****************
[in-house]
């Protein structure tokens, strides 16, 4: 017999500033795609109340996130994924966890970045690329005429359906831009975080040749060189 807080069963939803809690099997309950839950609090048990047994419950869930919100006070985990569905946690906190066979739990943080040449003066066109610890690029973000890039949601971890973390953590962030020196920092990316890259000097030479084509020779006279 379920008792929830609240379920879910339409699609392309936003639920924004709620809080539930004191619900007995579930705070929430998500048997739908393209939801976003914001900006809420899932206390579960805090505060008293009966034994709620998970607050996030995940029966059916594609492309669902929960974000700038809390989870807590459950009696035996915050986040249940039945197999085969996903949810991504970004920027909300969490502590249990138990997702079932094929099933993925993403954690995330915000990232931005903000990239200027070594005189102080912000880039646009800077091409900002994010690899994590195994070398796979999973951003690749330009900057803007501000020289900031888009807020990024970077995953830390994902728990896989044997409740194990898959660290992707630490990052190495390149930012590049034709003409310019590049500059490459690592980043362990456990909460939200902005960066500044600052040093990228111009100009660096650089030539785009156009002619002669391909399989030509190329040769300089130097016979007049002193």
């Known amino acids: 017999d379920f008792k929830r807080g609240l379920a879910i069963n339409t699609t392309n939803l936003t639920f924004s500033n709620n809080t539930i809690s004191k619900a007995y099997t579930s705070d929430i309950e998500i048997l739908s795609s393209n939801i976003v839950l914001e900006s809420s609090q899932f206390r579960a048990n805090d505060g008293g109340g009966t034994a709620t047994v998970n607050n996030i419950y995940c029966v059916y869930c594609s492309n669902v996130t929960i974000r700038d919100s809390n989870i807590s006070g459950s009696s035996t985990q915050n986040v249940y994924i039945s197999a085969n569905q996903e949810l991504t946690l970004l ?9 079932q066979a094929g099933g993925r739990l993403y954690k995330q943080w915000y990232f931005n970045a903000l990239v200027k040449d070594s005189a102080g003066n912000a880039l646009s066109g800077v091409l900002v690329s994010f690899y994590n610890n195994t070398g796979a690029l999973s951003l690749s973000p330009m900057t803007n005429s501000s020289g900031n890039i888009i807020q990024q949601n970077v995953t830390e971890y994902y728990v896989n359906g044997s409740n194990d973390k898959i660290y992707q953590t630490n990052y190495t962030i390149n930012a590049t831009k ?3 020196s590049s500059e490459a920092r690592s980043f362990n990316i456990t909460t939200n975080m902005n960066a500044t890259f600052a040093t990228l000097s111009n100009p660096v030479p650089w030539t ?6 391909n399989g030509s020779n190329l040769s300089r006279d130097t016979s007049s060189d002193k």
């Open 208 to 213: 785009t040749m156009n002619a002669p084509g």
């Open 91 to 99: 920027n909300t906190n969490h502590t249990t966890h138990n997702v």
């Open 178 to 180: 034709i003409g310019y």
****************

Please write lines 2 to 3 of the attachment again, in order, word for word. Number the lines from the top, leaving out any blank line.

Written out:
């Protein structure tokens, strides 16, 4: 017999500033795609109340996130994924966890970045690329005429359906831009975080040749060189 807080069963939803809690099997309950839950609090048990047994419950869930919100006070985990569905946690906190066979739990943080040449003066066109610890690029973000890039949601971890973390953590962030020196920092990316890259000097030479084509020779006279 379920008792929830609240379920879910339409699609392309936003639920924004709620809080539930004191619900007995579930705070929430998500048997739908393209939801976003914001900006809420899932206390579960805090505060008293009966034994709620998970607050996030995940029966059916594609492309669902929960974000700038809390989870807590459950009696035996915050986040249940039945197999085969996903949810991504970004920027909300969490502590249990138990997702079932094929099933993925993403954690995330915000990232931005903000990239200027070594005189102080912000880039646009800077091409900002994010690899994590195994070398796979999973951003690749330009900057803007501000020289900031888009807020990024970077995953830390994902728990896989044997409740194990898959660290992707630490990052190495390149930012590049034709003409310019590049500059490459690592980043362990456990909460939200902005960066500044600052040093990228111009100009660096650089030539785009156009002619002669391909399989030509190329040769300089130097016979007049002193």
């Known amino acids: 017999d379920f008792k929830r807080g609240l379920a879910i069963n339409t699609t392309n939803l936003t639920f924004s500033n709620n809080t539930i809690s004191k619900a007995y099997t579930s705070d929430i309950e998500i048997l739908s795609s393209n939801i976003v839950l914001e900006s809420s609090q899932f206390r579960a048990n805090d505060g008293g109340g009966t034994a709620t047994v998970n607050n996030i419950y995940c029966v059916y869930c594609s492309n669902v996130t929960i974000r700038d919100s809390n989870i807590s006070g459950s009696s035996t985990q915050n986040v249940y994924i039945s197999a085969n569905q996903e949810l991504t946690l970004l ?9 079932q066979a094929g099933g993925r739990l993403y954690k995330q943080w915000y990232f931005n970045a903000l990239v200027k040449d070594s005189a102080g003066n912000a880039l646009s066109g800077v091409l900002v690329s994010f690899y994590n610890n195994t070398g796979a690029l999973s951003l690749s973000p330009m900057t803007n005429s501000s020289g900031n890039i888009i807020q990024q949601n970077v995953t830390e971890y994902y728990v896989n359906g044997s409740n194990d973390k898959i660290y992707q953590t630490n990052y190495t962030i390149n930012a590049t831009k ?3 020196s590049s500059e490459a920092r690592s980043f362990n990316i456990t909460t939200n975080m902005n960066a500044t890259f600052a040093t990228l000097s111009n100009p660096v030479p650089w030539t ?6 391909n399989g030509s020779n190329l040769s300089r006279d130097t016979s007049s060189d002193k």